When viewing Google Calendar in a web browser on a computer, it's annoying that it doesn't let you set how many hours to show starting from what time (e.g. I'd like it to show 9 am to 9 pm as standard).
I love Google Calendar (especially now I have a G1 Android mobile phone so I can sync with it from the cellphone, i.e. check and update my schedule anywhere) but I hate that you have to scroll the calendar to get to see more than about 5 hours at a time.
And you can't scroll with the keyboard until you click in the scrollbar with the mouse first, which rather defeats the object of wanting to be able to use just the keyboard (very frustrating if you're a keyboard shortcuts fan like me). No amount of pressing the Tab key will get me anywhere that lets me scroll with the keyboard cursor or page down etc keys.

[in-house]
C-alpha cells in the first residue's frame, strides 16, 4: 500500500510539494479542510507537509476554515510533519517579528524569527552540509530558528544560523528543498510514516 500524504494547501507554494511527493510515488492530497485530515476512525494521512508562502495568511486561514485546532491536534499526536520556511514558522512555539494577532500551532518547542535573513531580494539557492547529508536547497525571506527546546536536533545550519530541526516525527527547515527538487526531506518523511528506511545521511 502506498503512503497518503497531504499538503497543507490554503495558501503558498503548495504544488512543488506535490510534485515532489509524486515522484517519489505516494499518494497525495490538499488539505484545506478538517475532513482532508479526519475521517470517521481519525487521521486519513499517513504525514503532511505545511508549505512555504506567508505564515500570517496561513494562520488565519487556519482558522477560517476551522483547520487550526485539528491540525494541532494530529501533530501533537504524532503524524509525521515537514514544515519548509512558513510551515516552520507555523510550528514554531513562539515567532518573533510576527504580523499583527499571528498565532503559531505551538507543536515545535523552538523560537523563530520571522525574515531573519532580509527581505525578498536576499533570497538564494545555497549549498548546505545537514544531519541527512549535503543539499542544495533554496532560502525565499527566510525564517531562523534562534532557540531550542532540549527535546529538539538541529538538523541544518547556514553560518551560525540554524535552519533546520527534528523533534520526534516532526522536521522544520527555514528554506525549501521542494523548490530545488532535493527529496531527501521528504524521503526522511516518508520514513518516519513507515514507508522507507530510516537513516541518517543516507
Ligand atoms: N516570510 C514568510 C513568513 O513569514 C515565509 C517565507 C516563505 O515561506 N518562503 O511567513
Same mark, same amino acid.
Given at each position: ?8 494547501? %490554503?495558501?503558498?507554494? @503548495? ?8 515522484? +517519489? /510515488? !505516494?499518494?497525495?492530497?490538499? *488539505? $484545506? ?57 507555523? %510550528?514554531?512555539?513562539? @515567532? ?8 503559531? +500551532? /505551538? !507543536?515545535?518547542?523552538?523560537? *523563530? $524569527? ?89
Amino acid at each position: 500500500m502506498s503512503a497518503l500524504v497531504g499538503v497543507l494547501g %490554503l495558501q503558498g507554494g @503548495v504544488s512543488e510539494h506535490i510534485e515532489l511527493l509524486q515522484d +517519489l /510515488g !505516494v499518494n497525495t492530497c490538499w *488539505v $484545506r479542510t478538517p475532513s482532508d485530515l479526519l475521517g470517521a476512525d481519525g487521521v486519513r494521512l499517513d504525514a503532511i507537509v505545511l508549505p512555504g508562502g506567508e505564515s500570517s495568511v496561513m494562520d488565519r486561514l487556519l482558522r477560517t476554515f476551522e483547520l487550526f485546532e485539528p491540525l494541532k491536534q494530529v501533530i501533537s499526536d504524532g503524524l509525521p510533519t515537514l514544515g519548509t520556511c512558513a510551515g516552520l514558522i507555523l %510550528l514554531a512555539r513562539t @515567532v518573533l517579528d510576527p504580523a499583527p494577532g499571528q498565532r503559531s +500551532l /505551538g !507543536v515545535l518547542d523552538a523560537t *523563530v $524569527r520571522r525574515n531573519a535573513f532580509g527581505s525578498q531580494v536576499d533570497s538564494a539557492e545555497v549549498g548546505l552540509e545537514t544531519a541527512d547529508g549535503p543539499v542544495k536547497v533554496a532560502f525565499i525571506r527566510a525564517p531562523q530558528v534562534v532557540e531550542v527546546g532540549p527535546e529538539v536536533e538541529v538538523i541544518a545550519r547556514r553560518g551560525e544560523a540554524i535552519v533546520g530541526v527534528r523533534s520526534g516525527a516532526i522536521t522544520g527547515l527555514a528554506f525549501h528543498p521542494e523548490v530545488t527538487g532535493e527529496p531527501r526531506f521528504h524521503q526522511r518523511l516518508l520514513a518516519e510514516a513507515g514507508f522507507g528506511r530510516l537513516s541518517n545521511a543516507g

So, here's a tip, a simple "Gordian knot" kind of solution: just view the browser in full screen by hitting F11 (works in both Internet Explorer and Firefox browsers). This shows you about 10 hours' worth of events / appointments for each day, on my computer at least - not exactly 12 hours, but much better than 5. Press the F11 key again to restore the original browser view / window size. Here's the improved view:
I hope Google will fix things so individual users can set the number of hours they want to view by default (and the starting hour) - it's been a feature desired by many for ages. And I also hope that after you've chosen to view one calendar only ("Display only this calendar"), you can with one click select to view all of them (at the moment you have to tediously click on the name of each calendar that you want to get it back, which many have complained about also - though there's a workaround, see the 2nd post there).
If Google can sort those issues out, with their recently-launched Tasks functionality in Calendar Google will bid fair to rival or outdo Outlook on the diary / personal information management (PIM) front - especially if they can also get their Tasks to integrate fully with Lightning tasks in the free Mozilla Thunderbird.